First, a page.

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Screening for Abdominal Aortic Aneurysms

Guideline Watch |
July 10, 2014

Screening for Abdominal Aortic Aneurysms

  1. Jamaluddin Moloo, MD, MPH

The USPSTF continues to recommend screening primarily in 65- to 75-year-old men who have ever smoked.

  1. Jamaluddin Moloo, MD, MPH

Sponsoring Organization: U.S. Preventive Services Task Force (USPSTF)

Target Audience: Primary care clinicians

Background

Prevalence of abdominal aortic aneurysms (AAAs; defined by an aortic diameter of ≥3.0 cm) in adults older than 50 is as high as 7% in men and 1% in women. In 2005, the USPSTF recommended one-time screening by ultrasonography in 65- to 75-year-old men who had ever smoked (defined as having ever smoked ≥100 cigarettes) and recommended against routine screening in women (NEJM JW Gen Med Feb 18 2005). The USPSTF now has updated its recommendations.

Key Points

—Risk factors: Older age; positive smoking history; having a first-degree relative with AAA; and having a history of vascular aneurysms, coronary artery disease, cerebrovascular disease, hypercholesterolemia, obesity, or hypertension.

—As in 2005, the Task Force continues to recommend:

  • One-time screening for AAAs with ultrasound in 65- to 75-year-old men who have ever smoked (Grade: B [recommend]).

  • Selective screening for AAAs in 65- to 75-year-old men who have never smoked, if additional risk factors are present (Grade: C [recommend for selected patients]).

  • No screening for women who have never smoked (Grade D: [recommend against]).

—The Task Force finds insufficient data to determine the balance of benefits and harms of screening for AAAs in 65- to 75-year-old women who have ever smoked (Grade: I [no recommendation]).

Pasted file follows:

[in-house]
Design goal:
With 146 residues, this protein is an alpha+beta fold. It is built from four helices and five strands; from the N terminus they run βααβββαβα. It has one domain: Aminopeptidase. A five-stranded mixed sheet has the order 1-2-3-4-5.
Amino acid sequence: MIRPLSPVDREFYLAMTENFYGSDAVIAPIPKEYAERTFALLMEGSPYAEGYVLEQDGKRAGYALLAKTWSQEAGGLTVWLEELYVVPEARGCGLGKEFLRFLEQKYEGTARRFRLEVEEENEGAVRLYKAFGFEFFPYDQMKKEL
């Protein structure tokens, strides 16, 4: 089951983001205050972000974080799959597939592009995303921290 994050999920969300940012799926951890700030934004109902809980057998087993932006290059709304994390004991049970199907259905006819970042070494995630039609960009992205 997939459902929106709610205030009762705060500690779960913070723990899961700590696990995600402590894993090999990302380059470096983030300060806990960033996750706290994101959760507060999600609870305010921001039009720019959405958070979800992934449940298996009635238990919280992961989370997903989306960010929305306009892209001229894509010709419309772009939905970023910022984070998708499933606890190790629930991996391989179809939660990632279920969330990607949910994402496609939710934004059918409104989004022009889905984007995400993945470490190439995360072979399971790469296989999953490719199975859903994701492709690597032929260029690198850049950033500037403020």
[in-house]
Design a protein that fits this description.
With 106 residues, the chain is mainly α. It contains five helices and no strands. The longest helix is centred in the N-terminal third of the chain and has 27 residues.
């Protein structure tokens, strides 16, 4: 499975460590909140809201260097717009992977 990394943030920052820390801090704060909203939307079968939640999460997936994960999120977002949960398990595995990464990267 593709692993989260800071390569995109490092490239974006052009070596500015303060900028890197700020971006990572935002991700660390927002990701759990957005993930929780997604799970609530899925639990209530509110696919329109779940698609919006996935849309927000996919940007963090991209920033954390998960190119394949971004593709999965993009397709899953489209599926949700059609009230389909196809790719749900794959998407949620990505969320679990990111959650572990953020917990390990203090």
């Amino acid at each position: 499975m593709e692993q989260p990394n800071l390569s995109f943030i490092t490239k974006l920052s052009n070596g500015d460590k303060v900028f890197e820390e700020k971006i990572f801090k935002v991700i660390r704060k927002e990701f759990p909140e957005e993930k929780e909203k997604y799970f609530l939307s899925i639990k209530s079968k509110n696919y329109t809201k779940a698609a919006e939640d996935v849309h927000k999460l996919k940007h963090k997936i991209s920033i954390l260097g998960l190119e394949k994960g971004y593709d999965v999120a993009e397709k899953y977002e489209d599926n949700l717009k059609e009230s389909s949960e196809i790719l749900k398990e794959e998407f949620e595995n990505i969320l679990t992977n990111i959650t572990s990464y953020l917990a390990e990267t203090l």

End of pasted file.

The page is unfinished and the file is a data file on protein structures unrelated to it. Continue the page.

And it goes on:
—Screening test: Abdominal duplex ultrasonography has sensitivity and specificity of 97% and 99%, respectively, and is the standard approach for AAA screening.

—Treatment:

  • Refer patients with large AAAs (≥5.5 cm) for open repair or endovascular intervention.

  • For smaller AAAs (3.0–5.4 cm), manage patients conservatively (e.g., with repeat ultrasonography every 3–12 months).

—Screening in men is associated with an absolute risk reduction in AAA-related death of 1.4 per 1000 men screened.

What's Changed

  • In 2005, the USPSTF recommended against routine AAA screening in all women.

Comment

In this update, the USPSTF recommends one-time screening for AAAs with ultrasonography in 65- to 75-year-old men with smoking histories. This recommendation generally mirrors that of other organizations.

  • Disclosures for Jamaluddin Moloo, MD, MPH at time of publication Grant / Research support Colorado Health Foundation

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